From Middle English Scottisch, Scotissch, Scotisch, scottissh, from Old English Scottysċ, Scyttisċ, equivalent to Scot + -ish. Compare West Frisian Skotsk (“Scottish”), Dutch Schots (“Scottish”), German schottisch (“Scottish”), Danish skotsk (“Scottish”), Icelandic skoskur (“Scottish”). Doublet of Scotch.
Scottish (comparative more Scottish, superlative most Scottish)
- Of a thing or concept, of or pertaining to Scotland.
- Of a person, native to, born in or whose ancestors originally came from Scotland.
of or pertaining to Scotland
Scottish (countable and uncountable, plural Scottish)
- (collective, in the plural) the Scottish; the people of Scotland.
- (uncountable) short for Scottish English, the varieties of English spoken in Scotland.
- (uncountable, rare) short for Scottish Gaelic.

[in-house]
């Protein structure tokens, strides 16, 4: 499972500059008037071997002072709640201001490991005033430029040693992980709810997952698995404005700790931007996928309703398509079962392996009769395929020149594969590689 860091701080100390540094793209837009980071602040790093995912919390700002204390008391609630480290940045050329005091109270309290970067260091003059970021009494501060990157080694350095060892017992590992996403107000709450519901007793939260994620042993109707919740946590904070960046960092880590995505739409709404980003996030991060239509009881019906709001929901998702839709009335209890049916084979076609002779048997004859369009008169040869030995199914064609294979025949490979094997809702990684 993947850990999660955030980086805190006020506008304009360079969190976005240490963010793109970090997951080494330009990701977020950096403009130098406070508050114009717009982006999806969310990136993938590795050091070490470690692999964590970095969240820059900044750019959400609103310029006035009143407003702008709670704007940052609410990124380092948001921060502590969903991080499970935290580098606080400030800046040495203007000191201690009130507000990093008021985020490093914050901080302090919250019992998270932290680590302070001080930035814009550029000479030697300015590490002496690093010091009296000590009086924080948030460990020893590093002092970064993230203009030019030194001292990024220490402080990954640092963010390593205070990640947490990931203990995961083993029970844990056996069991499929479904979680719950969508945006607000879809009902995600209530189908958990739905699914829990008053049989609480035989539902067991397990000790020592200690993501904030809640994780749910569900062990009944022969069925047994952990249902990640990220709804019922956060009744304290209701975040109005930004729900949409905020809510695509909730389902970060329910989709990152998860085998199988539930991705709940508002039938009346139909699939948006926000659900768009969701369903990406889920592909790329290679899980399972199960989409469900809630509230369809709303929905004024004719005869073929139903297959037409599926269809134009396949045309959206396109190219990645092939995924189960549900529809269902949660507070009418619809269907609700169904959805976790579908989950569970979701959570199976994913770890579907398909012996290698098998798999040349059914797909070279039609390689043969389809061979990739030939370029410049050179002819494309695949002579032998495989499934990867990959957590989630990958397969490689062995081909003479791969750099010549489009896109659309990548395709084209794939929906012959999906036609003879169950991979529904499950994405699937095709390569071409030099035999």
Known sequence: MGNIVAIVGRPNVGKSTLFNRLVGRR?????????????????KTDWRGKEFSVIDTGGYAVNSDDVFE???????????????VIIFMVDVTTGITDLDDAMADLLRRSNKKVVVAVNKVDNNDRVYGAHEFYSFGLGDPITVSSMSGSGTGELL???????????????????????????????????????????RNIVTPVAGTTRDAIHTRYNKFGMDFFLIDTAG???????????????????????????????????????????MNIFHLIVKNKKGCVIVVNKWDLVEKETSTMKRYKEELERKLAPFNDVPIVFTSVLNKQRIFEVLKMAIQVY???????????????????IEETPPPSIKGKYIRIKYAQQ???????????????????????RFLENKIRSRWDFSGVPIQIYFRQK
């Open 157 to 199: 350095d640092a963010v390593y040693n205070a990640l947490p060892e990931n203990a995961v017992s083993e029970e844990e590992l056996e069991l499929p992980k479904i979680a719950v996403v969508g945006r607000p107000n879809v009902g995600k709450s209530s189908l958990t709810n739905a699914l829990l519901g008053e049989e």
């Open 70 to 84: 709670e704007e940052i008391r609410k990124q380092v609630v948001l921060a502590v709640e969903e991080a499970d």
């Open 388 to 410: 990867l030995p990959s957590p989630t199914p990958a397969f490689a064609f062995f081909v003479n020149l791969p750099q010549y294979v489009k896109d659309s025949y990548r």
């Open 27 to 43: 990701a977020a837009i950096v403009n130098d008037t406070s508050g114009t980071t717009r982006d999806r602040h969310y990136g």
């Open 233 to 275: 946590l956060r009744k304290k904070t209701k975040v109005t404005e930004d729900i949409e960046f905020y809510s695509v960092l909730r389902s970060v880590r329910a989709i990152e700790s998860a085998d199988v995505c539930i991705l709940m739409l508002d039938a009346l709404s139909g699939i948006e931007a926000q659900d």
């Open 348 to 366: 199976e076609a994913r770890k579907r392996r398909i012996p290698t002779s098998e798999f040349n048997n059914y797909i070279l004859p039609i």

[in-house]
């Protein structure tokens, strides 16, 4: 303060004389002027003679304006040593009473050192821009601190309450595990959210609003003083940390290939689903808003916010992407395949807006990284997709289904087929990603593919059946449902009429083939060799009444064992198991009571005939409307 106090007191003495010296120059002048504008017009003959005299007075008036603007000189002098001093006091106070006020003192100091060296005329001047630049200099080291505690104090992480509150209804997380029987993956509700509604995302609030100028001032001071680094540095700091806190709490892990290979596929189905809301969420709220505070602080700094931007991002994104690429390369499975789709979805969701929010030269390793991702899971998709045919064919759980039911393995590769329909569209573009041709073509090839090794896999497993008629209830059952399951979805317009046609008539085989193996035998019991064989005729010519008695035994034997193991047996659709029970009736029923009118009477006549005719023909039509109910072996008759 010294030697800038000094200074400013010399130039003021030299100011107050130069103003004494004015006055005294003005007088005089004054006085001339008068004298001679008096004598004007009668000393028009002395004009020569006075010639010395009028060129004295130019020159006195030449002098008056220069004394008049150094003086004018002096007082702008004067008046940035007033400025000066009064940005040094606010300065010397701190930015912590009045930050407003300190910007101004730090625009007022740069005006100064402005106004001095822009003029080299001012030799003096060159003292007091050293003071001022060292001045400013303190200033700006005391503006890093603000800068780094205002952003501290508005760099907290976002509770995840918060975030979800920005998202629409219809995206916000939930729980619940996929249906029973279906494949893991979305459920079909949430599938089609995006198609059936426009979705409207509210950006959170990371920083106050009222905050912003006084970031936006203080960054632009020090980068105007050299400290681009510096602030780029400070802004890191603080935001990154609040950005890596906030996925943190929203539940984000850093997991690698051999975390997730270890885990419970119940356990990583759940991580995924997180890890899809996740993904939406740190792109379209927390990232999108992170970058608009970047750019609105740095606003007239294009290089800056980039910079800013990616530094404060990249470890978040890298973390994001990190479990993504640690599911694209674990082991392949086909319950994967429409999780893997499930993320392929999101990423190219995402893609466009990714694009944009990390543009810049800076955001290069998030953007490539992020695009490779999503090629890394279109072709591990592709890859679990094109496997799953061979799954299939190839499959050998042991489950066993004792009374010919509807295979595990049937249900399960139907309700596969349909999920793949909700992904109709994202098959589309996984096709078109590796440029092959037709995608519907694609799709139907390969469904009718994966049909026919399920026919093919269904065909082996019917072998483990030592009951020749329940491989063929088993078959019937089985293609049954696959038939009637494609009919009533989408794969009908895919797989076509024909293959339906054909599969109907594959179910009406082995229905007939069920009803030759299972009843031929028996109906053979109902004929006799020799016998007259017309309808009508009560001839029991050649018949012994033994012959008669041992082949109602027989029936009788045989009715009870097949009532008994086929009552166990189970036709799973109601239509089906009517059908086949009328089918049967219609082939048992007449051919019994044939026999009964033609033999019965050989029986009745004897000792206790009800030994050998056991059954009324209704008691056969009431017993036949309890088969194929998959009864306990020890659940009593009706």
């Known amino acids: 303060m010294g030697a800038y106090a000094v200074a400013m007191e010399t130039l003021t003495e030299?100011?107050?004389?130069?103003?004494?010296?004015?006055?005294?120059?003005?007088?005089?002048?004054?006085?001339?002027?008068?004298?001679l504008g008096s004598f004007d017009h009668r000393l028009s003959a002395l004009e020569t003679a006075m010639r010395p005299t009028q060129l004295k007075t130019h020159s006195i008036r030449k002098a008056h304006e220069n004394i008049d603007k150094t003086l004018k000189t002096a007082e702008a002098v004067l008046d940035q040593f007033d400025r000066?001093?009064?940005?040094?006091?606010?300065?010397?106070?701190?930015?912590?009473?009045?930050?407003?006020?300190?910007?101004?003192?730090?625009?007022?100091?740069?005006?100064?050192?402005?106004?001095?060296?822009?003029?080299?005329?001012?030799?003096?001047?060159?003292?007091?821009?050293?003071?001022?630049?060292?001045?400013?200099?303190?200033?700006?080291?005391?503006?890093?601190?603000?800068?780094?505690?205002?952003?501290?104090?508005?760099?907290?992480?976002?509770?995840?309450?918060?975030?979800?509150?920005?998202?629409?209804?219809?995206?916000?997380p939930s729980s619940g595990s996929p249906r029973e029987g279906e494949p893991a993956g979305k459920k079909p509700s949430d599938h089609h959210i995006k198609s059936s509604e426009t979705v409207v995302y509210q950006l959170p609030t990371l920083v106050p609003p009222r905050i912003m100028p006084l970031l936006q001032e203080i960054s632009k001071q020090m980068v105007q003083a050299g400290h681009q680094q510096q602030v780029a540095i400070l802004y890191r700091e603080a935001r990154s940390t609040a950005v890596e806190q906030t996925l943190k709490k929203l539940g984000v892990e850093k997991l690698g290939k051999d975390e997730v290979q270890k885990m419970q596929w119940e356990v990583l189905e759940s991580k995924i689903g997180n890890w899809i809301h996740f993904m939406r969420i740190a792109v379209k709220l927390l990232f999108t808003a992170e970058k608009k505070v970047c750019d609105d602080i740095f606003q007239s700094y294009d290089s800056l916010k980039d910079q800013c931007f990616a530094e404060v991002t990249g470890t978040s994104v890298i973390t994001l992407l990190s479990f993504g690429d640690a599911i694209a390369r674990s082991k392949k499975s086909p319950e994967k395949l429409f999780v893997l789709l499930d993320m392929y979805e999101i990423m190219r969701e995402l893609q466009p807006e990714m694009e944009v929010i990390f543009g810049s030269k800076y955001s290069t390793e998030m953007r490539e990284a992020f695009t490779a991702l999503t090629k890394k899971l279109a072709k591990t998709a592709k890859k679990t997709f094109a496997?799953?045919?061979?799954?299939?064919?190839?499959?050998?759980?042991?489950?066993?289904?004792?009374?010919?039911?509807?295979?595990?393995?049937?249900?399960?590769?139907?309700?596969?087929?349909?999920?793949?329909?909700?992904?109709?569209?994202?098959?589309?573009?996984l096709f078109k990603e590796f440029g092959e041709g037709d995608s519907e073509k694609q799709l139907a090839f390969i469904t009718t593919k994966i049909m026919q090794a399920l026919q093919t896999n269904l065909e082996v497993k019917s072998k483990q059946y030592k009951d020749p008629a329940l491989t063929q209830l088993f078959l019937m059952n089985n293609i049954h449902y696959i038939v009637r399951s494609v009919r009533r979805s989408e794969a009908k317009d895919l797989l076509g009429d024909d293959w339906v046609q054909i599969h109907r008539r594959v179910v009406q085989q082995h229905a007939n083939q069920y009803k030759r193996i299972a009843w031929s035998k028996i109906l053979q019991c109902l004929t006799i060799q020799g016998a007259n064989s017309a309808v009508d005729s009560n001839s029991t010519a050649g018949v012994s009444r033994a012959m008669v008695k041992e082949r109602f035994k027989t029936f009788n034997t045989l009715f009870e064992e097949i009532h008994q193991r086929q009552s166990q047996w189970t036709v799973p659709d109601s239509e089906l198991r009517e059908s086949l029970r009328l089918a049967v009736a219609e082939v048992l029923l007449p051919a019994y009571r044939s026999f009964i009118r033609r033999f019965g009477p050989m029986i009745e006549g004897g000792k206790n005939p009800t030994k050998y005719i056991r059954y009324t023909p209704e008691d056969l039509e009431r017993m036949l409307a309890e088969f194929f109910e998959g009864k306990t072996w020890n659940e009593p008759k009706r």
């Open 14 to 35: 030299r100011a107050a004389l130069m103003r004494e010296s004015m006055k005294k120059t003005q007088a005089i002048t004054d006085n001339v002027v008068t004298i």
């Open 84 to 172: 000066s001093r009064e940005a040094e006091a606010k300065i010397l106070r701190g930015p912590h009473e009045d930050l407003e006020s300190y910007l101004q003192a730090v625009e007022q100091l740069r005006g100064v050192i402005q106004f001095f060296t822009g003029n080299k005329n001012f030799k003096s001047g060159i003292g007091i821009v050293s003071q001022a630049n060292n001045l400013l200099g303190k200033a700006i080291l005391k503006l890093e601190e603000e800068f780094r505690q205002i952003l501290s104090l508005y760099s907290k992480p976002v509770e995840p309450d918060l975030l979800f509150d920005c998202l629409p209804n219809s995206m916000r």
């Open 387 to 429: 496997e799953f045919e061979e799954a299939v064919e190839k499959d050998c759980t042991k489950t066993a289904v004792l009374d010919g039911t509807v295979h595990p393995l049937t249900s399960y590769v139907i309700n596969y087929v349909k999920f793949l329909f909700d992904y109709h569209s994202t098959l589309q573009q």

Scottish Gaelic definition
The Gaelic language of Scotland
, spoken primarily in the northern and western parts of the country, with important communities in Glasgow and Edinburgh. Scottish Gaelic had its widest influence between 800 and 1200 C.E.
, as place names throughout Scotland attest.
Formerly, "Scotch" was used as an alternative for "Scots" or "Scottish". The current convention is as follows:
- "Scottish" for most purposes, including people, animals, and things in general.
- "Scots" also for people, and for identifiably human matters and institutions (e.g., the Scots, Scotsmen; Scots Law (capitalized); the Scots language, which is never "the Scottish language"; rarely Scots culture, which is more commonly Scottish culture). It appears in combining form in Scots-Irish. The Scots pine is named after Scotland, though not limited to it.
- "Scotch" is sometimes (and decreasingly) used for foods produced in Scotland (e.g., Scotch salmon, Scotch tomatoes; more commonly Scottish), and always for Scotch whisky (never "Scottish whisky"). It also appears in Scotch bonnet, Scotch egg, Scotch broth and the scotch doubles tournament format (which is usually lower-cased); and in the Scotch Game or Scotch Opening in chess. Scotch is otherwise best avoided, especially as applied to people, as Scots themselves consider it offensive, including the archaic Scotchmen and Scotchwomen.